Los Angeles Times

Data again point to economic strength; this time, stocks jump instead of decline

- Choe writes for the Associated Press. AP writers Joe McDonald and Matt Ott contribute­d to this report.

Stocks rallied Friday to send Wall Street to its best day in six weeks.

The Standard & Poor’s 500 rose 1.6% to cap its first winning week in the last four as relaxing yields in the bond market took some pressure off Wall Street, which has found some stability after a swift rise and fall to start the year.

The Dow Jones industrial average climbed 387 points, or 1.2%, while the Nasdaq composite jumped 2%.

The central guidepost moving markets recently has been where inflation is heading and what the Federal Reserve will do about it.

“I’d love to talk about other things, but the only things that matter are the Fed and trajectory of inflation,” said Amanda Agati, chief investment officer of PNC Asset Management.

Early in the year, Wall Street rallied on hopes that cooling inflation would get the Fed to take it easier on its interest rate hikes. Such increases can drive down inf lation by slowing the economy, but they also raise the risk of a recession later on and hurt prices for investment­s.

Last month, momentum swung and stocks fell after reports on the economy came in hotter than expected. They included data on the job market, consumer spending and inflation itself at multiple levels.

The strong data raised concerns about continued upward pressure on inflation. That forced Wall Street to abandon hopes for rate cuts this year and raise its expectatio­ns for how high rates would go.

On Friday, more data arrived to show the economy is in better shape than thought: Growth for service industries last month was a touch stronger than economists expected. That’s a good sign for the economy and helps calm worries about an imminent recession, particular­ly when manufactur­ing has been struggling.

But it also could add pressure on inflation.

Instead of sending stocks lower and yields higher, as stronger-than-expected data did much of last month, the new data drew the opposite response from markets.

The yield on the 10-year Treasury fell back to 3.96% from 4.06% late Thursday. It’s a respite from its move higher over the last month as expectatio­ns rose for a firmer Fed.

Under the surface of the services report were some potentiall­y encouragin­g bits for inflation. Prices paid by service organizati­ons are still rising, but the growth decelerate­d in February.

“We started off the year with a delusional, deranged or even unhinged market rally that just made no sense at all,” Agati said. “That delusion is still sitting in the background clearly, even though we are starting to get some of that reality check.”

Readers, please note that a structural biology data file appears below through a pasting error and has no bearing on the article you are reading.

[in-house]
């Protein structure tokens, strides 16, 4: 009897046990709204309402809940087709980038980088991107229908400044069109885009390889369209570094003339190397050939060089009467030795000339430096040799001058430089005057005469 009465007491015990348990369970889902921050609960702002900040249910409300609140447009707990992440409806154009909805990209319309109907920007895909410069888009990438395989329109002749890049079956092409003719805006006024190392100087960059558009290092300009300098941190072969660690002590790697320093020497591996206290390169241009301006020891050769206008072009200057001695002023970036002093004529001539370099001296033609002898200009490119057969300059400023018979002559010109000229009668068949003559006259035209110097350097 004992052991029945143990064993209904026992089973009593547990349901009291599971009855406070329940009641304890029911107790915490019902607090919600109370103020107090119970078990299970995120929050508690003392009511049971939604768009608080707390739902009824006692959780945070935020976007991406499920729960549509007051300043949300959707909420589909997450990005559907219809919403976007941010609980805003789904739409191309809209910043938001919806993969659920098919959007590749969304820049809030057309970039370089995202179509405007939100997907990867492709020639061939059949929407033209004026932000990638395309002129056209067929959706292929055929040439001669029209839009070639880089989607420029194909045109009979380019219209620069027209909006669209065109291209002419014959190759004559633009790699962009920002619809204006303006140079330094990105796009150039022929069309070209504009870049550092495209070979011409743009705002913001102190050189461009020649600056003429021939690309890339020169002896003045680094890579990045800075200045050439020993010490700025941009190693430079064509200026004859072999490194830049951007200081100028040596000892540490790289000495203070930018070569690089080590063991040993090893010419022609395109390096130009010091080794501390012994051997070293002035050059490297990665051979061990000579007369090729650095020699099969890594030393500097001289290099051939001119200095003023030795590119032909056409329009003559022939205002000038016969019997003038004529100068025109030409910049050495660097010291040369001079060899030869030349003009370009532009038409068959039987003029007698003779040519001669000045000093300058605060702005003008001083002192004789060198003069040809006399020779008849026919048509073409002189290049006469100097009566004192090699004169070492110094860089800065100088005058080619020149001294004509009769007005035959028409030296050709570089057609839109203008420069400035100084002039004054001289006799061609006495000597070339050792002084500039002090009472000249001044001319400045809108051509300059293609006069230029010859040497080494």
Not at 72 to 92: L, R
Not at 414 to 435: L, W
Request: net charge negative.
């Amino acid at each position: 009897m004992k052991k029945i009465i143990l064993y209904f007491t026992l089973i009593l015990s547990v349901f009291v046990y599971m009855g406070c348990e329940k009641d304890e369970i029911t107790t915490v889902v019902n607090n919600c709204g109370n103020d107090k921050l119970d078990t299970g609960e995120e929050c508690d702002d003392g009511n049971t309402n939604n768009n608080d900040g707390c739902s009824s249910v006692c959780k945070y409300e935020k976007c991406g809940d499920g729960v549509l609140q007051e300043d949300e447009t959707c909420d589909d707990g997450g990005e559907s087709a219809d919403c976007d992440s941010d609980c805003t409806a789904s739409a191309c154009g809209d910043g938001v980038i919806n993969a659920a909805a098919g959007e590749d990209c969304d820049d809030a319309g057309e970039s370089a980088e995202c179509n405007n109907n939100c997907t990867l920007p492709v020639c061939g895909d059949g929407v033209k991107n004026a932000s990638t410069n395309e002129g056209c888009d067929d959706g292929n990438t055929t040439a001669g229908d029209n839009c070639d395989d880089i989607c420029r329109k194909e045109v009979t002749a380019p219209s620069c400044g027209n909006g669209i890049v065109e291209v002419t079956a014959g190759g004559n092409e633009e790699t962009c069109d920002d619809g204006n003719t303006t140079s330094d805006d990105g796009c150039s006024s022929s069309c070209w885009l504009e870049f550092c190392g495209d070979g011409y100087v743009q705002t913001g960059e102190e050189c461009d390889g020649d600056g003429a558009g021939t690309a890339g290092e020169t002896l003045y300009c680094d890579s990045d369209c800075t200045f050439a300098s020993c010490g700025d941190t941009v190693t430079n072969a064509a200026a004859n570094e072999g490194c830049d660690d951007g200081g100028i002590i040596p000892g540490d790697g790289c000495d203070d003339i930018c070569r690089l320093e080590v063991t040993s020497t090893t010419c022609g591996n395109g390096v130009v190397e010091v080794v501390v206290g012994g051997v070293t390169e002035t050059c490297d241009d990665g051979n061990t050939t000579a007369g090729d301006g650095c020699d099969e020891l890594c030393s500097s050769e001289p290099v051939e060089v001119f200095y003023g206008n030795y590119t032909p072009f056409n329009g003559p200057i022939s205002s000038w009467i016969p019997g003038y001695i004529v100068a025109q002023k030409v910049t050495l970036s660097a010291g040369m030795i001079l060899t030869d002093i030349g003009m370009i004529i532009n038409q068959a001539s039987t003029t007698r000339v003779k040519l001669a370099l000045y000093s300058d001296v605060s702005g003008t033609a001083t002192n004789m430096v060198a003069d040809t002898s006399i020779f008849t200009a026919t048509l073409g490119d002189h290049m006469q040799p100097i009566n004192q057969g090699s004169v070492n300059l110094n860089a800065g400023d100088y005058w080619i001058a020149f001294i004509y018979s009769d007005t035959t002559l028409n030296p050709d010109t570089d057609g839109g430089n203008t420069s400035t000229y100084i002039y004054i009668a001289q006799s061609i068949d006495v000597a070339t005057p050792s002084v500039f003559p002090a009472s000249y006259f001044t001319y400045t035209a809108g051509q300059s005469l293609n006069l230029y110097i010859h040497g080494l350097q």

She sees the Fed having to take interest rates even higher than the market is expecting because of how stubborn inflation has been. With corporate profits on the way down, and her expectatio­n for even more declines because of a mild to moderate recession, she sees the stock market grinding lower before flattening for a while and then gradually rising again, reminiscen­t of the shape of a bathtub.

“It’s going to be a more extended tightening cycle,” Agati said. “Investors are so conditione­d to high volatility and warp speed, they want everything to happen immediatel­y. You see the market trying to price it in one shot. It’s just going to take longer for the Fed to get out of the driver’s seat.”

The next move by the Fed on interest rates is scheduled for later this month. Before then, reports on the strength of the job market and on inflation will probably have big effects on the market and expectatio­ns for what the Fed will do.

Last month, the central bank dialed down the size of its rate increases and highlighte­d progress being made in the battle to get inflation lower. It also suggested that just two more increases to rates might be on the way. But the strong reports since then have raised worries that the Fed not only could raise rates at least three more times but also could dial back up the size of the increases.

All the worries have come while expectatio­ns for corporate profits have been swinging lower. Still-high inflation and rates are eating into earnings for big companies. Retailers in particular have been saying they see some of their customers struggling.

Costco Wholesale on Friday reported stronger profit for its latest quarter than expected, but its revenue fell short of forecasts. Its stock fell 2.1%.

Shares of Silvergate Capital, a bank for crypto companies, swung sharply a day after more than halving. Crypto companies have been cutting off business with the bank, which warned this week that it won’t be able to file its annual report with regulators in time and that it could be “less than well-capitalize­d.” After swinging from losses to gains, it ended the day 0.9% higher.

On the winning side was Cooper Cos., a medical device maker that reported stronger profit and revenue than Wall Street expected. It climbed 7.3%.

Broadcom gained 5.5% after it also beat expectatio­ns for quarterly profit and revenue.

All told, the S&P 500 rose 64.29 points to 4,045.64. The Dow gained 387.40 points to close at 33,390.97, and the Nasdaq jumped 226.02 points to 11,689.01.

 ?? Timothy A. Clary AFP/Getty Images ?? GROWTH for service industries last month was a touch stronger than economists expected, new data show. Above, traders work on the New York Stock Exchange.
Timothy A. Clary AFP/Getty Images GROWTH for service industries last month was a touch stronger than economists expected, new data show. Above, traders work on the New York Stock Exchange.

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